Q1 + Q2 = Q3. It is well worth noting that Pythagoras’ theorem in the Cartesian setting is more than just a definition of quadrance/distance, as some texts erroneously suggest. Although we implicitly use Pythagoras’ theorem to define quadrance, so that the theorem is automatically true for triangles with two legs along the coordinate axes, one is still required to prove it for the general case when triangle sides are not along the coordinate axes.

Euclid’s theorem

The area of a triangle is one-half the base times the height. This is a splendid and most useful , or , rule. However as a theorem of , it is seriously flawed! Let’s see why, by looking at the area of the triangle A1A2A3 in the following figure.


A2 A 4 F


A triangle and an associated

3 This area is half of the area of the associated parallelogram A1A2A3A4, which is the result of removing from a 12 8 four triangles, which can be combined to form two rectangles, one× 5 3 and the other 7 5. The area of × × A1A2A3 is thus 23. To apply the one-half base times height rule, the base A1A2 by Pythagoras has length

2 2 d3 = A1,A2 = 7 +5 = √74 8. 602 325 267 04 .... | | ≈ To find the length h of the altitudep A3F is somewhat more work. If we set the origin to be at A1, then the line A1A2 has Cartesian 5x 7y =0while − A3 =[2, 8] . A well-known result from coordinate geometry states that then the distance h = A3,F from A3 to the line A1A2 is | | 5 2 7 8 46 h = | × − × | = 5. 347 391 382 22 .... √52 +72 √74 ≈ If the engineer doing this calculation works with the surd forms of both expres- sions, she will notice that the two √74’s conveniently cancel, giving an area of 23. However if she works immediately with the decimal forms (which is probably on the whole more natural) she obtains with her calculator 8. 602 325 267 04 ... 5. 347 391 382 22 ... area × 23.0. ≈ 2 ≈ So you can see what the problem is–the one-half base times height rule means wedescendtothelevelofsquareroots,evenwhentheeventualanswerisa . This introduces unnecessary approximations and inaccuracies into the subject. Here is a better version. Theorem 2 (Euclid) The square of the area of a triangle is one-quarter the quadrance of the base times the quadrance of the . As a formula, this would be Q H area2 = × 4 where Q is the quadrance of the base and H is the quadrance of the altitude to that base.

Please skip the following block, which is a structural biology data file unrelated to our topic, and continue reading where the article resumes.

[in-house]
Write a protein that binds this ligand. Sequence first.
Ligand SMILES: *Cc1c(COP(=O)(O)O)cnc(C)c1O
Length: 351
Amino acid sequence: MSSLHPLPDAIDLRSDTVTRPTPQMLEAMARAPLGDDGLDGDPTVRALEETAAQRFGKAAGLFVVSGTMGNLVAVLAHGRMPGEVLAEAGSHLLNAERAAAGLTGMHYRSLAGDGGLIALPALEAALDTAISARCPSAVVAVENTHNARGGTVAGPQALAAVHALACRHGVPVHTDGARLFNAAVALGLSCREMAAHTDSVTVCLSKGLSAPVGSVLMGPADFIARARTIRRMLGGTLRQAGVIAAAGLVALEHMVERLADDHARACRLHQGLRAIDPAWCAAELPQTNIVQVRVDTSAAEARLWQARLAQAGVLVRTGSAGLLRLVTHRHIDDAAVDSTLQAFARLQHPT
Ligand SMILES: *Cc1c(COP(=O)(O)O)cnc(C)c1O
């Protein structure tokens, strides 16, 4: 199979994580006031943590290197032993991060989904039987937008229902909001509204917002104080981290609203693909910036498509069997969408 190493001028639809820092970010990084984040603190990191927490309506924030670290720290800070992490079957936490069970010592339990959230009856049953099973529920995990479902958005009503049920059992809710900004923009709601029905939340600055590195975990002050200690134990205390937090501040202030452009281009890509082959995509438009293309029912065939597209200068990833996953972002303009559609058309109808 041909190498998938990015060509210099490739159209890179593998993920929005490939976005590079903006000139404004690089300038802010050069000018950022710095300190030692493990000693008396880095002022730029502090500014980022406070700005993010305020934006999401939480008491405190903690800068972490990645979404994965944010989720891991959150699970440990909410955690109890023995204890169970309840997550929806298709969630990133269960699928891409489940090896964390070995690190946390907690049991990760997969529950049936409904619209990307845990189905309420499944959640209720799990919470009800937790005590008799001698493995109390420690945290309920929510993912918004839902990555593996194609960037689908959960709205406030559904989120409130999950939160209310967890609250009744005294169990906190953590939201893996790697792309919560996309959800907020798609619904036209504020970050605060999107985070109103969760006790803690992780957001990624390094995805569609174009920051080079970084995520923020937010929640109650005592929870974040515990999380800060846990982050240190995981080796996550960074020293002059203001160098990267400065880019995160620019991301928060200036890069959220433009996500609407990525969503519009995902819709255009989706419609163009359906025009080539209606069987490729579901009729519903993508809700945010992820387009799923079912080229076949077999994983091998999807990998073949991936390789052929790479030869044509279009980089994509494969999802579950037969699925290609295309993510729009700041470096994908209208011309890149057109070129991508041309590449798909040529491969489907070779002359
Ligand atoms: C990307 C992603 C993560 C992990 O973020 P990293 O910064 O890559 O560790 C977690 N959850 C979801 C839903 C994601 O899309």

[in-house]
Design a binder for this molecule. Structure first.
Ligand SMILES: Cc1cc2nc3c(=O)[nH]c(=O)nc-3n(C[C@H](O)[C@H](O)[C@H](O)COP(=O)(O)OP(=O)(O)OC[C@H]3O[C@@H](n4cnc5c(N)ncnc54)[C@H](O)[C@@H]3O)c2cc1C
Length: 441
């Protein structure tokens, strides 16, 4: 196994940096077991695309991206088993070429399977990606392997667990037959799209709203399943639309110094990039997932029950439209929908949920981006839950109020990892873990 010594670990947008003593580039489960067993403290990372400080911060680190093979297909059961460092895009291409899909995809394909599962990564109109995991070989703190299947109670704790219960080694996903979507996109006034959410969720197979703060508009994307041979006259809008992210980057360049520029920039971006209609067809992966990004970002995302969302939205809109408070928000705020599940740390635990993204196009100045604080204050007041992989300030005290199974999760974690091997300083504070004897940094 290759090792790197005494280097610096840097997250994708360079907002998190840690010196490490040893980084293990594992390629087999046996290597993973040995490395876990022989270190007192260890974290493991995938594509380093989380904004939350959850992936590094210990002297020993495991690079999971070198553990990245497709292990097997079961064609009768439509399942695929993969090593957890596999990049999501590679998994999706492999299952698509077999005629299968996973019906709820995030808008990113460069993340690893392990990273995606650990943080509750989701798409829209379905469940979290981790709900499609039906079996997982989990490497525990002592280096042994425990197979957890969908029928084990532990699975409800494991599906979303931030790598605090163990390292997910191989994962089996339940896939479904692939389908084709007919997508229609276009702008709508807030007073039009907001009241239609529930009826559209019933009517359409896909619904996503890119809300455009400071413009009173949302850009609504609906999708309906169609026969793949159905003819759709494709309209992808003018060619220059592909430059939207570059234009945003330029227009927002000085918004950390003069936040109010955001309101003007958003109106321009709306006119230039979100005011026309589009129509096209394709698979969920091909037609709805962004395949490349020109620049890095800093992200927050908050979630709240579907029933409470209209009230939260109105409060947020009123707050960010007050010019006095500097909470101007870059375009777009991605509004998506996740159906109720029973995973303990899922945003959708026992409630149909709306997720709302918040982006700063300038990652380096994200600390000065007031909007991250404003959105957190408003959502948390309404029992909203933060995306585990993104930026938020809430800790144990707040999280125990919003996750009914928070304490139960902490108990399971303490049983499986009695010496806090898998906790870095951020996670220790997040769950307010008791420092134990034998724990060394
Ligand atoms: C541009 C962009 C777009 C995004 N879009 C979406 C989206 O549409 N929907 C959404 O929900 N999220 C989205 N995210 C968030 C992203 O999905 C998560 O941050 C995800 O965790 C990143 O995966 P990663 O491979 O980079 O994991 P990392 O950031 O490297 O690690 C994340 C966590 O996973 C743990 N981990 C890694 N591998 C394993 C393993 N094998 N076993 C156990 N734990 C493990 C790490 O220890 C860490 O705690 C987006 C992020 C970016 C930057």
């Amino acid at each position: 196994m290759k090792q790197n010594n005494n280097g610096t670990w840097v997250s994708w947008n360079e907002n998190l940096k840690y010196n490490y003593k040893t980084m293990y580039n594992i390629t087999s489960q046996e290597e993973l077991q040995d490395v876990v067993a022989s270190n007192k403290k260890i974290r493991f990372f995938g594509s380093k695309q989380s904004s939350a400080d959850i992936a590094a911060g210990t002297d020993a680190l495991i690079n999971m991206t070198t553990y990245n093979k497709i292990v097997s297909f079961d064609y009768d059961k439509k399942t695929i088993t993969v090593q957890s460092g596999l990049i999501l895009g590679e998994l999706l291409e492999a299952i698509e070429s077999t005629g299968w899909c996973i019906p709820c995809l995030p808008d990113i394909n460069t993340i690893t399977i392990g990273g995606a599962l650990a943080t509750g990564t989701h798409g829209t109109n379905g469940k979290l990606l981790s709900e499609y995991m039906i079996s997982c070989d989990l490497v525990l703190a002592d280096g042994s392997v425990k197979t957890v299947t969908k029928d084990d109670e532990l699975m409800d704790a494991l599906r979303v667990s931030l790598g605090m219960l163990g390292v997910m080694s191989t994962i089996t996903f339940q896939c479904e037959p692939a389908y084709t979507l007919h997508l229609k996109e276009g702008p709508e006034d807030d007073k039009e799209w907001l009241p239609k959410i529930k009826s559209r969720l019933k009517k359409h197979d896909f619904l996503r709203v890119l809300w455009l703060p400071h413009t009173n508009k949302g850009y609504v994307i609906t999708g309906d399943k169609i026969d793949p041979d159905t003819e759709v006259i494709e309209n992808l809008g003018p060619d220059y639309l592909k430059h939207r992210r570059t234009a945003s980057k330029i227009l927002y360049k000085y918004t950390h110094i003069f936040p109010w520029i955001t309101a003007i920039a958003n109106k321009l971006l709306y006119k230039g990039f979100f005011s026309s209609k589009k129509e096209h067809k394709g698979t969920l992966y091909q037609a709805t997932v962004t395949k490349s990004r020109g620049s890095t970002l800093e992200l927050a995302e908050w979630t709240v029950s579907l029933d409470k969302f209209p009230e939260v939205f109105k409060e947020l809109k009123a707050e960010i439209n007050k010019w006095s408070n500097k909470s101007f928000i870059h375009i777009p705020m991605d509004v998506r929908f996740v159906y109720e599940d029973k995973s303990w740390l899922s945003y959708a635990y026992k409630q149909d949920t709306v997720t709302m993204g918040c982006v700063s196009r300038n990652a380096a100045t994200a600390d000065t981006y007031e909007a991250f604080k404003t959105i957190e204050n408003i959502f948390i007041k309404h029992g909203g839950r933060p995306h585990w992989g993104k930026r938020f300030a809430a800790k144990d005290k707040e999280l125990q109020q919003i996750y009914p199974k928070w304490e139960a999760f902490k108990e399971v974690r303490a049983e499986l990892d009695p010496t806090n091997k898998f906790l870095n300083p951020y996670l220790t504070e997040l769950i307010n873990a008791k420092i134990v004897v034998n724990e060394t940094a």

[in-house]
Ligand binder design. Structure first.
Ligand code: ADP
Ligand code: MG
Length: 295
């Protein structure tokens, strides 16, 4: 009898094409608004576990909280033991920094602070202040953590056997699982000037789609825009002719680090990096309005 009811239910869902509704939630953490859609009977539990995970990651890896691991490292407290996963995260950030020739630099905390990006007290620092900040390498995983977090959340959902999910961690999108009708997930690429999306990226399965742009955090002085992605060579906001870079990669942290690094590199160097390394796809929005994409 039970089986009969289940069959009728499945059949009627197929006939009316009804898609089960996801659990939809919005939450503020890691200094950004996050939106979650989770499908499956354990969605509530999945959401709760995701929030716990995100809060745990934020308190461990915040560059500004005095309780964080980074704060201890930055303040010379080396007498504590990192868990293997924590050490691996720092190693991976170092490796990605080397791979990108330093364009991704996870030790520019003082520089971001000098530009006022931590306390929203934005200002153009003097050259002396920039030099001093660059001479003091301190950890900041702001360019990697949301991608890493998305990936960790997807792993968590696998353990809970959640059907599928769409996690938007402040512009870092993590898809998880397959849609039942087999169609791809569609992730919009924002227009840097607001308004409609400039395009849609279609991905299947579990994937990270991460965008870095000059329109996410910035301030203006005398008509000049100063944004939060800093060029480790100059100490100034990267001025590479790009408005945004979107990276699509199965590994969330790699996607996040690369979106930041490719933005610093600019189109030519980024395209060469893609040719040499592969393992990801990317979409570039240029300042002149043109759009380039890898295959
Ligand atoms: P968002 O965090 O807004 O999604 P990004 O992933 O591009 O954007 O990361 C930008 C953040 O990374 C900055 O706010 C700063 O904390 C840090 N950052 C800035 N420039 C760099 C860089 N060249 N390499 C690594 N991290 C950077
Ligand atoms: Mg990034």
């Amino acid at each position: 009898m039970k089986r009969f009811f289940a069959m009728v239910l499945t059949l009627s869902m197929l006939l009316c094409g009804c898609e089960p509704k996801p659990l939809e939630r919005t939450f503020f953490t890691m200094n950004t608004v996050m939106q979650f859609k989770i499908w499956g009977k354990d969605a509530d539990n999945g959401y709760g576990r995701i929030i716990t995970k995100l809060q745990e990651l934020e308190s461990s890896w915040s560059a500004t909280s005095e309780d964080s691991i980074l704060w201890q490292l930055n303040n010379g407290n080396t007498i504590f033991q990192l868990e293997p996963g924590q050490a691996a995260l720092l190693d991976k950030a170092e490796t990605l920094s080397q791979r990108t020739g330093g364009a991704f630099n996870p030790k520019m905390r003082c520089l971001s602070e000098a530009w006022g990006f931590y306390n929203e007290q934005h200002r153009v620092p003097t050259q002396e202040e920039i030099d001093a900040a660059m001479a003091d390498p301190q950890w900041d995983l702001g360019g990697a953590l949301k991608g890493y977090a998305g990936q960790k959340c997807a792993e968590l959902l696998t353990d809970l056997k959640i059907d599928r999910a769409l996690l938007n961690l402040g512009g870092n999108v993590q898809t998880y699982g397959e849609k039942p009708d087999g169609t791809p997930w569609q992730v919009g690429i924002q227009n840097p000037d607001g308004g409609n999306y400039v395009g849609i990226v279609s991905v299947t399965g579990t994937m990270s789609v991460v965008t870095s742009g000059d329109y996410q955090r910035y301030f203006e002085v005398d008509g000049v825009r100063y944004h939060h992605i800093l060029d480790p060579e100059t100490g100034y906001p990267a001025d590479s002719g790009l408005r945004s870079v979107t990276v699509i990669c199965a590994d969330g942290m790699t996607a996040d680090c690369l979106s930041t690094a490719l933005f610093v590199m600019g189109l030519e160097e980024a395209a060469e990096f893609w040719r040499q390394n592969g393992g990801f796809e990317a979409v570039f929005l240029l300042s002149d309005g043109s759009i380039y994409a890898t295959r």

Heron’s or Archimedes’ Theorem